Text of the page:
When Should You Replace Motorcycle Tires That Have Sidewall Cracks?

When Should You Replace Motorcycle Tires That Have Sidewall Cracks?

when should you replace motorcycle tires that have sidewall cracks?

by walter f. kern

You're reading: When Should You Replace Motorcycle Tires That Have Sidewall Cracks?

part of a series, motorcycle problems and solutions

our motorcycle views forum members often seek solutions to important repair and maintenance problems from the experts on the forum. many of our best experts are professional motorcycle mechanics or those who have done their own mechanical work and have seasoned practical experience. i’ve decided to publish a series of motorcycle problems submitted to forums and their solutions. only the most universal problems will be addressed so most readers will see a problem that may be affecting them. i’ll state the problem exactly as posed by a reader and then give a solution based on responses given by our most knowledgeable forum members.

problem from dpcycle:

    “most people know how to check tires for tread wear and know when to replace them. however, when the sidewalls start to show cracking, at what point do you replace the tires? it there a test or inspection
    who you perform? i still have a lot of rubber on the treads, but the sidewalls are starting to crack.

    i’ve also seen some information about not using certain products on the tires (armor all, etc.) because it destroys the tires.

    is this true? if so, is there something you can use to keep the tires looking good and increase their life?”

    Read more: Best Way to remove Hardened Sealant From Tire

solution by hondamototech:

    “any time a tire starts showing ozone cracks in the sidewall, it’s time to replace them right away. sidewalls operate at some pretty high temperatures due to sidewall deflection ( bending) and any separation on a sidewall can cause catastrophic tire failure.

    there is a way to prevent this from happening. go out and ride the motorcycle until the tires wear from use, not sitting and dry rotting!”

solution by markk53:

    “a tire has a wax-like preservative in the rubber compound to keep it from hardening and splitting. this material is like sun blocker. you can see it on tires that don’t get washed a lot (especially bridgestones from my experience). it’s that off-color material
    who seems to show up on your sidewalls for no reason. i think it was sort of greenish on the bridgestones. it protects the compound against ozone which is produced by the sun and also by electric motors. this protectant helps the compound to stay soft.

    it can be worn away, washed away, and chemically washed/leeched out of the tire. if a tire sits in an enclosed dark area with no electrical motors in the area putting out ozone, it will usually survive without this “dry rot” because no one is scrubbing or chemically cleaning the preservative off them nor is the ozone able to harden the rubber. otherwise, there is an on-going process of deterioration from cleaning, riding, and the sun. my tires used to get extremely light cracking developing after about a year at which point they were usually worn out and replaced. my bike was used as a commuter so it sat outside a lot.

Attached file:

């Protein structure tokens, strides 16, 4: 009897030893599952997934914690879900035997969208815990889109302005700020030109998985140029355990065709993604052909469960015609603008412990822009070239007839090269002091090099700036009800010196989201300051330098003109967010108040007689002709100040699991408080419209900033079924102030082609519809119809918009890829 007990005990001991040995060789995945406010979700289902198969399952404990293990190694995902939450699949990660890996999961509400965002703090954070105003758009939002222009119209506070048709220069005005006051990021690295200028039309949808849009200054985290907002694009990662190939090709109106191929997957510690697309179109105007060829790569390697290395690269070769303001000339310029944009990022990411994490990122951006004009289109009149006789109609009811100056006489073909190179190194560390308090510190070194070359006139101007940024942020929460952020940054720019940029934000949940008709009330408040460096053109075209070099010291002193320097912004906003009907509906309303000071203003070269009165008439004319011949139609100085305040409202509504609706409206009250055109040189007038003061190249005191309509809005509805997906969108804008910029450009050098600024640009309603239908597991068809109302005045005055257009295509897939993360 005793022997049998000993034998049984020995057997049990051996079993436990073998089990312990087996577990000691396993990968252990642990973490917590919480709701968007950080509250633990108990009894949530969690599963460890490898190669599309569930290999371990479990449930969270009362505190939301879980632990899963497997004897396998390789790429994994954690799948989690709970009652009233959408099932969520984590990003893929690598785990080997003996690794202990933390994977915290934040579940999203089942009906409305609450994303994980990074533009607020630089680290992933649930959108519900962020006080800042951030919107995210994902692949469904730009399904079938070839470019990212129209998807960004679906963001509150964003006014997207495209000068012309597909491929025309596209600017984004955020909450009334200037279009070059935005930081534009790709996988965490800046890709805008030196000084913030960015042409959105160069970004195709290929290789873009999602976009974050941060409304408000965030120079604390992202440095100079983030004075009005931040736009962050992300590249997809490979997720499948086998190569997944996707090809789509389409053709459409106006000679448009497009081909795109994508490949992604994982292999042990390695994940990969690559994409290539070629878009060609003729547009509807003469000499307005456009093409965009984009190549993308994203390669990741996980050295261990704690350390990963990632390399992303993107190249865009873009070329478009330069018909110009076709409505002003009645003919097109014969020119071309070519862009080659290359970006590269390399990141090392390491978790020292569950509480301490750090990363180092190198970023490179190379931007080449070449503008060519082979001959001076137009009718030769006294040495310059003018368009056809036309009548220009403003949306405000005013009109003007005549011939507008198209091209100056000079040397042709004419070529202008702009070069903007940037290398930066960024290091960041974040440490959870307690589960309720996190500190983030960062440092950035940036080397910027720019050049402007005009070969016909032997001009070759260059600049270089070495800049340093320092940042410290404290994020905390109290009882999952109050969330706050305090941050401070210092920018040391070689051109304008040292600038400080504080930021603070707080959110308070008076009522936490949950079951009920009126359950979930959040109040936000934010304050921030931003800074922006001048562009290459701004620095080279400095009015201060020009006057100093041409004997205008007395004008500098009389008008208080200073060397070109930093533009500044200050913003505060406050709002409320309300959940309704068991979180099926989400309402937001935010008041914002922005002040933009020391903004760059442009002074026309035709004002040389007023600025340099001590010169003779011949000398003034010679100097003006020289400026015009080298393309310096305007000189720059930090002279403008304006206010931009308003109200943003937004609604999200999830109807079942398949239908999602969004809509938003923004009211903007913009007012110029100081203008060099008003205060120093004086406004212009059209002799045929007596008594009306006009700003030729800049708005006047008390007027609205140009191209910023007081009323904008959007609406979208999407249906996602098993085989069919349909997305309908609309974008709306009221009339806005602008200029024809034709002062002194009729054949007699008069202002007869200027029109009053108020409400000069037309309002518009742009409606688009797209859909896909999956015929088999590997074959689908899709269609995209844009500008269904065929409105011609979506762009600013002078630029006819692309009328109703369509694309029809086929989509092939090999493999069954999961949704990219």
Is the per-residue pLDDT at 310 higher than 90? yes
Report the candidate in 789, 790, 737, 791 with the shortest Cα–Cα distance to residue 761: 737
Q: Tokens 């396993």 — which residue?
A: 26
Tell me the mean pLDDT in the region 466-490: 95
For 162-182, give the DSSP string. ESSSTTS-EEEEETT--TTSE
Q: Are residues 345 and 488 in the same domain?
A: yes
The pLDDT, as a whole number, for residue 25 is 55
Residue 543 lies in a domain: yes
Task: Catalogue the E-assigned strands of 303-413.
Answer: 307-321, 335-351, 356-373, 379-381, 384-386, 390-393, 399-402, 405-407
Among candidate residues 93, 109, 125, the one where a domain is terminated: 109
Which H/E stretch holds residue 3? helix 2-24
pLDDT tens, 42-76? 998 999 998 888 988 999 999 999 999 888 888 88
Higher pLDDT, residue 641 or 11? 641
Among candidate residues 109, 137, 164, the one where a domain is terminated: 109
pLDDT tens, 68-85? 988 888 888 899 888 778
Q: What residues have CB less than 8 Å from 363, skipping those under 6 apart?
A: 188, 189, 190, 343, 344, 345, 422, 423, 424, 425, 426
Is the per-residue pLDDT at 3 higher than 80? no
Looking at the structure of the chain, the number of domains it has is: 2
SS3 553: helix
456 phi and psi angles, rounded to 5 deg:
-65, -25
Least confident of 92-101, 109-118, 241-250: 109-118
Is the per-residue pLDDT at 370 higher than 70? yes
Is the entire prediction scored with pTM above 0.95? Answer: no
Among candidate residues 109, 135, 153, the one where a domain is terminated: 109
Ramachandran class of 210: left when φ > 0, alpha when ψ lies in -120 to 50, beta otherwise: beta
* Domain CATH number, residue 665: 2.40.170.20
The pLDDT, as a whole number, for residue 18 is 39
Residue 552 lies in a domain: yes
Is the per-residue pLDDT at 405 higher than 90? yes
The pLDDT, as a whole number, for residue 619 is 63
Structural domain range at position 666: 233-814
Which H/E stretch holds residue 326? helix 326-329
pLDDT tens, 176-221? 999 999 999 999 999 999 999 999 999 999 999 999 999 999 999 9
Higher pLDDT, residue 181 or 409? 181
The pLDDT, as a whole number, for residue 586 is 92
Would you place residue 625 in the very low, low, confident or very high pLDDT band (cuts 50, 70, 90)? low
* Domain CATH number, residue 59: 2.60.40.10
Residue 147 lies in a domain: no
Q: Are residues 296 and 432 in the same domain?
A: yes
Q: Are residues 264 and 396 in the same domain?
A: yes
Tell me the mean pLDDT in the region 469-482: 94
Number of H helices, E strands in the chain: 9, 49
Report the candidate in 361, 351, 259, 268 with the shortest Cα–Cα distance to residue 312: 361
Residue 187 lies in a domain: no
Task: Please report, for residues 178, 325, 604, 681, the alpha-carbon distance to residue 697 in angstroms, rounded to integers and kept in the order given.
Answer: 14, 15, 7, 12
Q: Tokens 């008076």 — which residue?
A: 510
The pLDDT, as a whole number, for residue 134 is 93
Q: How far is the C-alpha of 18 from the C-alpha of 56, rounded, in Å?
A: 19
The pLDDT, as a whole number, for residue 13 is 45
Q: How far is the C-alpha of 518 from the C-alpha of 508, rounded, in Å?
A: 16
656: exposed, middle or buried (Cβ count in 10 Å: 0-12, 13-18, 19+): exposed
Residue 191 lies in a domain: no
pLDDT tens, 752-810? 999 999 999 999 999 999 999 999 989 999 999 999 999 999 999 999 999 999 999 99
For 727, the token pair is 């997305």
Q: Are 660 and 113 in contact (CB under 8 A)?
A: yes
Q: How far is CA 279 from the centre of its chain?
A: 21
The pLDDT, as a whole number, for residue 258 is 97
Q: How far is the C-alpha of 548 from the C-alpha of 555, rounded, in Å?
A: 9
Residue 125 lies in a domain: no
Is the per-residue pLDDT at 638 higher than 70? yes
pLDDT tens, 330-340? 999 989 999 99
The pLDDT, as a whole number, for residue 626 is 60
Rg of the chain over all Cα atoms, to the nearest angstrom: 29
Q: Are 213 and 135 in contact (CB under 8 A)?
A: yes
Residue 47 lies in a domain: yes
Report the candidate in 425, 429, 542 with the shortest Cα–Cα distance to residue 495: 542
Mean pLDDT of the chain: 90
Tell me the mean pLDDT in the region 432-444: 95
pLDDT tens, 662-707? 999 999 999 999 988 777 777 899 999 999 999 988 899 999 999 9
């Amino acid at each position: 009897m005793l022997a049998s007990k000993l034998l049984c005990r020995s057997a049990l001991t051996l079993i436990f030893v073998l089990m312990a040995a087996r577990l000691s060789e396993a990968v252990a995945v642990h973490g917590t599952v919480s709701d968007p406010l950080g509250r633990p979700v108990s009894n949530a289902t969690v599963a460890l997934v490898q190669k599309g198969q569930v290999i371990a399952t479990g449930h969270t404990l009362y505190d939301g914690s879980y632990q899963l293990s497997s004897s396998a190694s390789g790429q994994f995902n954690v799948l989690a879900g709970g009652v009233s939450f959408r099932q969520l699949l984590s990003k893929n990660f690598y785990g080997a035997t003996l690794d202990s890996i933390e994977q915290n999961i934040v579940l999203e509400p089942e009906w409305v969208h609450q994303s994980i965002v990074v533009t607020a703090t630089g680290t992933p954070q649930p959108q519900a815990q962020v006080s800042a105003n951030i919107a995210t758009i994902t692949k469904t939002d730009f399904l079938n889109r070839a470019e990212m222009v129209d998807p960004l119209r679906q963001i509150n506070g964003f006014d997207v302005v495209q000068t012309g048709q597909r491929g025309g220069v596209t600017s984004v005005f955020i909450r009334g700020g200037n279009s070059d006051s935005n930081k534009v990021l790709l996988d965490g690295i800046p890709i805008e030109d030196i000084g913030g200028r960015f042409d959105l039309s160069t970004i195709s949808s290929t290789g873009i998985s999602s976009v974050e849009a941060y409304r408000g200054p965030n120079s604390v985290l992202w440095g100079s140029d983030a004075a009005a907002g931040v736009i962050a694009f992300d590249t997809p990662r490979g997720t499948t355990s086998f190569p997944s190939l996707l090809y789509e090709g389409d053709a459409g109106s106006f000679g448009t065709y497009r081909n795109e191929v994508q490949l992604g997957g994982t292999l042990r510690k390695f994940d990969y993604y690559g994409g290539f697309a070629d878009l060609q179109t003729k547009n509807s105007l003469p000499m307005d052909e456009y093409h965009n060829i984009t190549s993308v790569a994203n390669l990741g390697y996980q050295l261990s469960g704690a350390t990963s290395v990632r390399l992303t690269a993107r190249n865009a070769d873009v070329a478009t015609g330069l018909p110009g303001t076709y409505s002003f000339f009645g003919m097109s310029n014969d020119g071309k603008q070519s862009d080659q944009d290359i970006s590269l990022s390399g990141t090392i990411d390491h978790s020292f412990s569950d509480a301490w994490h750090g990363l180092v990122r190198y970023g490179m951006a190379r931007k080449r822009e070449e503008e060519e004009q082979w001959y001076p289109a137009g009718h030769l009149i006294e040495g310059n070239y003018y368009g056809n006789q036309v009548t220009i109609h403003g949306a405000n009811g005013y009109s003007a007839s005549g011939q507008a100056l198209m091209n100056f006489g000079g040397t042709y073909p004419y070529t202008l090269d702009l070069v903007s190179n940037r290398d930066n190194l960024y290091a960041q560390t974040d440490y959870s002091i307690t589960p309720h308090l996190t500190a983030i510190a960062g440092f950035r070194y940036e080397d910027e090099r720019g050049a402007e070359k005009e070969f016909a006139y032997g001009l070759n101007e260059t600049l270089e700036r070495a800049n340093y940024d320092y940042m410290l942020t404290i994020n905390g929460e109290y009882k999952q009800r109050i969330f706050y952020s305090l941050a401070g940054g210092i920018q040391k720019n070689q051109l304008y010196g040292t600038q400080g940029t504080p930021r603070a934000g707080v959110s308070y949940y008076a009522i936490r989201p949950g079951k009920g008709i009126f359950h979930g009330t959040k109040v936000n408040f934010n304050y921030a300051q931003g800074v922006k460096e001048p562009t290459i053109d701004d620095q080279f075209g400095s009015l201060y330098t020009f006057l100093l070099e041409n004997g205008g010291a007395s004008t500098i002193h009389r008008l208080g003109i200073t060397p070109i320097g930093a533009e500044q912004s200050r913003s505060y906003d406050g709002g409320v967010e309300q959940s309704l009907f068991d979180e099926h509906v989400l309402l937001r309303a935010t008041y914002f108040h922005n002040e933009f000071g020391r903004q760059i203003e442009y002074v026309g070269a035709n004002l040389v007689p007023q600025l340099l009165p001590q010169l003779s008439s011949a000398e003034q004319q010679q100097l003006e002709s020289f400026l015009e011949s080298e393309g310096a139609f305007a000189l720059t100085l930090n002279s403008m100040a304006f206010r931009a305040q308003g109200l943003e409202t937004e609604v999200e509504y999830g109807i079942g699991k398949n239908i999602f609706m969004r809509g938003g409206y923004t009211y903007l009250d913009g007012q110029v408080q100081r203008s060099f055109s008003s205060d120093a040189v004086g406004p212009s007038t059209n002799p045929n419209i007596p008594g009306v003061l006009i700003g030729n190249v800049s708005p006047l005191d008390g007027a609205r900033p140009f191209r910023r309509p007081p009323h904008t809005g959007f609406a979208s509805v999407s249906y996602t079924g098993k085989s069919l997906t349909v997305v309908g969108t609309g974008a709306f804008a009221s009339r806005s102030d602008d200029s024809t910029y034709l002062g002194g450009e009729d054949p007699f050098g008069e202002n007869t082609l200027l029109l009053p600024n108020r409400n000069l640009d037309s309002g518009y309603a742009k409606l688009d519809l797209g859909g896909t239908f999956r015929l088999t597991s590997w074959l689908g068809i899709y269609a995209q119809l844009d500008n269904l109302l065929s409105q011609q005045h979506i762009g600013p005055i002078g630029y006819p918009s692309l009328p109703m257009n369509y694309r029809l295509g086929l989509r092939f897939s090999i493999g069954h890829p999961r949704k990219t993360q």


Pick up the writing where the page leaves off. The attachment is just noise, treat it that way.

here is how to deal with this problem. if you or a previous owner used a petrochemical based cleaner on the tires, you wash the tires a lot, or the bike sat outside a lot, this protectant eventually completely disappears and the tire will start to age quickly and cracks develop. however, you can store the bike inside a garage or shed to protect from the sun.

    also do not clean your tires with stuff like armor all. only wash them with a brush and soap. this will still remove some of the wax, but it won’t work into the rubber removing it quickly.

    if you want proof of the negative effect of tire cleaners, look at some of the show cars and bikes that constantly have this applied. the sidewalls have small cracks all over them. in addition, you can look at some tire that has been out in the sun for a long time in a junkyard or some place like
    who. they usually have extreme drying of the rubber.

    where did i become the “expert,” you may ask? i learned it from a bridgestone tire representative at a honda parts and accessories seminar. the biggest surprise to me was that the gross green stuff on the sidewalls was supposed to be there and actually served some good. we always wondered what it was and why it appeared.

    oh, if you put on enough miles to wear out tires about one set a year, you can clean them however you want except don’t use armor all on the tread. you might hurt a lot when you slid out and fell down. you want to wear out the tires before they get a chance to crack badly.”

if you have a motorcycle repair or maintenance problem
who you feel has wide appeal, just post your problem in the motorcycle repair corner of the motorcycle views forum. only the most universal problems and the best solutions will be considered for inclusion in this series.

Read more: How Long Do Motorcycle Tires Last?

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Category: Motocycle Tires